Kalamazoo, MI – People who choose to defecate, urinate, or toss litter throughout the streets of Kalamazoo will no longer risk jail time after city leaders voted to decriminalize such offenses in the interest of making the city more “equitable.”
The Kalamazoo City Commission unanimously voted to amend more than two dozen sections of ordinance codes during its meeting on July 18, WWMT reported.
As a result, six violations that were formerly misdemeanor offenses punishable by jail time are now civil infractions subject to fines only.
Public defecation, public urination, and littering are among the offenses city commissioners opted to decriminalize, WXMI reported.
Kalamazoo City Commissioner Chris Praedel said the city commission wanted to make laws fairer and more equitable for the homeless people who are most impacted by them.
“One thing a lot of people don’t realize is a misdemeanor is for life as much as a felony,” he said, according to WWMT. “So many things come with a permanent record on somebody’s record.”
Making sure police are spending time dealing with more troublesome crimes was also a factor, Praedel told WXMI.
He said he and his fellow commissioners strived to eliminate duplicate laws and to make sure the punishments better fit the infractions.
“We’re not rolling out the welcome mat for crime in the city of Kalamazoo,” Praedel claimed. “We’re not rolling out the red carpet. We still want there to be accountability and guardrails, and it is still against the law for as many of those things on there to do those actions.”
Kalamazoo City Attorney Clyde Robinson said most of the changes won’t even be noticed.
“We are eliminating certain offenses that are never or hardly ever enforced, like spitting on the sidewalk,” Robinson said, according to WWMT. “There are other offenses that are being removed that no longer are considered a crime under either state law or state jurisprudence such as fortune telling.”
And citizens can still rest assured that urinating, defecating, and littering on the city’s sidewalks will be against the law, the city attorney noted.
“They are still a violation of our ordinances, it just no longer carries a criminal sentence,” Robinson said.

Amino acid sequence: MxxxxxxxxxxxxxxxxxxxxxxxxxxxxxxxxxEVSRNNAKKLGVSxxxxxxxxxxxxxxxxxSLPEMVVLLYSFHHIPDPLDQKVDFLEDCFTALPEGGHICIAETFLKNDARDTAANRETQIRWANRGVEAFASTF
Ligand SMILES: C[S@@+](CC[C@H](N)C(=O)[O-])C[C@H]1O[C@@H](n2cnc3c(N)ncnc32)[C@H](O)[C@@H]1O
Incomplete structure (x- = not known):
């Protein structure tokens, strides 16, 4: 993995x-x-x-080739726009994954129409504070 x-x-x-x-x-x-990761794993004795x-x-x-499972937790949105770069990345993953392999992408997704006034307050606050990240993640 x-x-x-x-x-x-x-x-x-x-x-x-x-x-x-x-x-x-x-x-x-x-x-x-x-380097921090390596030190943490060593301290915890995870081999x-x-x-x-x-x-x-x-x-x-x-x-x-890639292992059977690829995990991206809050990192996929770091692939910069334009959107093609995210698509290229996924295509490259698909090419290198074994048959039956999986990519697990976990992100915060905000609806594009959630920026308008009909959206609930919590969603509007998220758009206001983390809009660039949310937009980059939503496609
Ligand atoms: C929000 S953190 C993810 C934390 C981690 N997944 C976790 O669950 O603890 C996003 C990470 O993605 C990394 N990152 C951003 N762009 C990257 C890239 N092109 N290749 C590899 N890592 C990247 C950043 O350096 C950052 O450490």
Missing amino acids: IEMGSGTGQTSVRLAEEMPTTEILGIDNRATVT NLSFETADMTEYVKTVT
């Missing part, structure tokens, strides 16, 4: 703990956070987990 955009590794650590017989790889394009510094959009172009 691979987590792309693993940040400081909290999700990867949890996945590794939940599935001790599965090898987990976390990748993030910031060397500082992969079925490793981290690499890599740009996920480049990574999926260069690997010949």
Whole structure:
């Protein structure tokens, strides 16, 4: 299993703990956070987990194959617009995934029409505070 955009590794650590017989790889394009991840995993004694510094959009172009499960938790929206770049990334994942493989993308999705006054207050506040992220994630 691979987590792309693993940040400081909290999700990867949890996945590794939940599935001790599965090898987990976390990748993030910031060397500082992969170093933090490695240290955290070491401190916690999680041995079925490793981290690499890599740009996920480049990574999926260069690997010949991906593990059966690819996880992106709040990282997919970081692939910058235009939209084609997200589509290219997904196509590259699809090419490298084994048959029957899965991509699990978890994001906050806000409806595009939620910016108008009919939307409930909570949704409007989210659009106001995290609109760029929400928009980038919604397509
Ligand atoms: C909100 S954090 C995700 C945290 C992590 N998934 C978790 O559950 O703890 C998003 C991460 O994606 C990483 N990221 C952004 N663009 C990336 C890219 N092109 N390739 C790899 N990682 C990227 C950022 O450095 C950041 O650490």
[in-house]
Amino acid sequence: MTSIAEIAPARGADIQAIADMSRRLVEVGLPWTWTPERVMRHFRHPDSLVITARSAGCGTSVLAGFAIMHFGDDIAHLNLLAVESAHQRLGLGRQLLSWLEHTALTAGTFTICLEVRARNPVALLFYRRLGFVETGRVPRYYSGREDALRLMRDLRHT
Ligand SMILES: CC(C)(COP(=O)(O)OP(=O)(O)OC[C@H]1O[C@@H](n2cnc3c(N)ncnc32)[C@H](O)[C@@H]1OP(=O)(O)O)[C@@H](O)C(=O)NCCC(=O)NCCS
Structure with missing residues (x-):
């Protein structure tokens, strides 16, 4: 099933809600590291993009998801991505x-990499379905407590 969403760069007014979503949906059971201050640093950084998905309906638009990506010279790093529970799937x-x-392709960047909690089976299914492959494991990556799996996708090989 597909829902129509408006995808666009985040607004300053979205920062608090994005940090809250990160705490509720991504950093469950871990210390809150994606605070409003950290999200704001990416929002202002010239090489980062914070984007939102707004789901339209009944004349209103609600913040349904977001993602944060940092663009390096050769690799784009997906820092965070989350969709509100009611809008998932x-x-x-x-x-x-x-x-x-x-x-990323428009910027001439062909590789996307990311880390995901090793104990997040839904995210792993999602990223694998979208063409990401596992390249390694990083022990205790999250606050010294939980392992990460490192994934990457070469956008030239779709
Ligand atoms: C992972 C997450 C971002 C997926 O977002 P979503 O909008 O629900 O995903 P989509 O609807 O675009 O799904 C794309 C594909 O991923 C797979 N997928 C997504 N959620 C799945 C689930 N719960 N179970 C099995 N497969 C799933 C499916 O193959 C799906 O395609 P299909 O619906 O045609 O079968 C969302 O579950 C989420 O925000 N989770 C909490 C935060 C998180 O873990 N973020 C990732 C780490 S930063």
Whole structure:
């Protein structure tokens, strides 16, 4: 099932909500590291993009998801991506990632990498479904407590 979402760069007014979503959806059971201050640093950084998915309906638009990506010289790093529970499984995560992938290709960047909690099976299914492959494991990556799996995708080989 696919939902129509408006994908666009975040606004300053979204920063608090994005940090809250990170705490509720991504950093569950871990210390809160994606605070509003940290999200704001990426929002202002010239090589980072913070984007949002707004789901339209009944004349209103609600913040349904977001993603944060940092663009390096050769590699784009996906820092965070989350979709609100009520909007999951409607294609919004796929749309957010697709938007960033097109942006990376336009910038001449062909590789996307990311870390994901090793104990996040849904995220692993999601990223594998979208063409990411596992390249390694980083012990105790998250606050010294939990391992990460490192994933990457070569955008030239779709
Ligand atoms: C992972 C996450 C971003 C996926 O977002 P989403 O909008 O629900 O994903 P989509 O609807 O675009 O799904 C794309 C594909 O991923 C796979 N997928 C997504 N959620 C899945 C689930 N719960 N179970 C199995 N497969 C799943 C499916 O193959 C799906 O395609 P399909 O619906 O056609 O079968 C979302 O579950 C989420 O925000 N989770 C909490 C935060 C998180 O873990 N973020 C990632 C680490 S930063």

But many downtown Kalamazoo business owners were outraged to learn about the city’s new lenient treatment of such offenders.
During an interview with “Fox & Friends First” on Thursday, Kalamazoo business owners Cherri Emery and Becky Bil said feces and litter outside businesses’ doorways had already become a problem before those offenses were decriminalized, FOX News reported.
“We kept smelling something in the back of the store…and it was human feces,” Emery said. “I called my landlord and nobody would do anything about it. This was before we had ambassadors…so I had to clean it up myself.”
Even after the ambassadors were brought in to help curb the messes left behind, problems have persisted, FOX News reported.
“We have a major problem downtown and I don’t understand why it would even be proposed that the law would be less restricted than it is now,” Emery told WWMT. “The people that are urinating, defecating, they’re not going to stop, we live with it every single day.”
“It’s not just the urination part of it,” she explained to FOX News. “The part of it that’s really upsetting to us is people approaching other people, people following some of their employees to their cars and asking them for money, and when they get to the car, and they’re still not giving them money, we had one guy that started throwing rocks at their cars…”
Another downtown business owner, Lana Hoffman, said decriminalizing those offenses jeopardizes the safety of customers, employees, and “anyone coming downtown, WXMI reported.
“That’s not right, and that’s not good, so I am very concerned and I’m very disappointed, and I feel like the support for the businesses and the business owners is lacking,” Hoffman said. “I feel like a lot of these things were passed that weren’t even mentioned in the meeting.”
Praedel said business owners cannot be the city’s only focus, WXMI reported.
“I definitely empathize with the downtown business owners too,” he said. “They have invested a lot to be in downtown, and a lot of those spots are mom and pop shops where that is their life income. We want to be respectful of that.”
“We hear them. We are listening to them, and we care a lot, but we care about everybody in the community,” he added.